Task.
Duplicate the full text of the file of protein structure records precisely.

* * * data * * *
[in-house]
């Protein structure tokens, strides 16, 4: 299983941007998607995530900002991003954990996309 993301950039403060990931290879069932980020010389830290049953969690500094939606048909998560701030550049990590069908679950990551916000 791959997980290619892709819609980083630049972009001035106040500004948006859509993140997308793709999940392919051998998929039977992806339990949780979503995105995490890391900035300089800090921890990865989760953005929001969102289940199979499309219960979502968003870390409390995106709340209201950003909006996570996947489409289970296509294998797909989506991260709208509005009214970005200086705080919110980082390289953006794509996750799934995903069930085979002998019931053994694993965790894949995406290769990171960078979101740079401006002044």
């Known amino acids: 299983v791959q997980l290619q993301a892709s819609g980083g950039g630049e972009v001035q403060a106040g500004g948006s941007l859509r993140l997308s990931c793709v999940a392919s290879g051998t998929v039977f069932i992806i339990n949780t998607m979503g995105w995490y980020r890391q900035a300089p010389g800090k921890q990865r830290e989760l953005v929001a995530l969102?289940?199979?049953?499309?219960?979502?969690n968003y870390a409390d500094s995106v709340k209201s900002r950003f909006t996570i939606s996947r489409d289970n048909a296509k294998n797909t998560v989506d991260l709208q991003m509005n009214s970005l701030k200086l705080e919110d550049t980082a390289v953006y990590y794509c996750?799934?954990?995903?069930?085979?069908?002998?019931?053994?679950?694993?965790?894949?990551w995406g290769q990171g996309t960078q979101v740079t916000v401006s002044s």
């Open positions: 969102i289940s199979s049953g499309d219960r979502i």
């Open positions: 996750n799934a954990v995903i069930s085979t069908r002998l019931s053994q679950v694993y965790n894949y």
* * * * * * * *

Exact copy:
[in-house]
């Protein structure tokens, strides 16, 4: 299983941007998607995530900002991003954990996309 993301950039403060990931290879069932980020010389830290049953969690500094939606048909998560701030550049990590069908679950990551916000 791959997980290619892709819609980083630049972009001035106040500004948006859509993140997308793709999940392919051998998929039977992806339990949780979503995105995490890391900035300089800090921890990865989760953005929001969102289940199979499309219960979502968003870390409390995106709340209201950003909006996570996947489409289970296509294998797909989506991260709208509005009214970005200086705080919110980082390289953006794509996750799934995903069930085979002998019931053994694993965790894949995406290769990171960078979101740079401006002044």
């Known amino acids: 299983v791959q997980l290619q993301a892709s819609g980083g950039g630049e972009v001035q403060a106040g500004g948006s941007l859509r993140l997308s990931c793709v999940a392919s290879g051998t998929v039977f069932i992806i339990n949780t998607m979503g995105w995490y980020r890391q900035a300089p010389g800090k921890q990865r830290e989760l953005v929001a995530l969102?289940?199979?049953?499309?219960?979502?969690n968003y870390a409390d500094s995106v709340k209201s900002r950003f909006t996570i939606s996947r489409d289970n048909a296509k294998n797909t998560v989506d991260l709208q991003m509005n009214s970005l701030k200086l705080e919110d550049t980082a390289v953006y990590y794509c996750?799934?954990?995903?069930?085979?069908?002998?019931?053994?679950?694993?965790?894949?990551w995406g290769q990171g996309t960078q979101v740079t916000v401006s002044s």
């Open positions: 969102i289940s199979s049953g499309d219960r979502i």
């Open positions: 996750n799934a954990v995903i069930s085979t069908r002998l019931s053994q679950v694993y965790n894949y």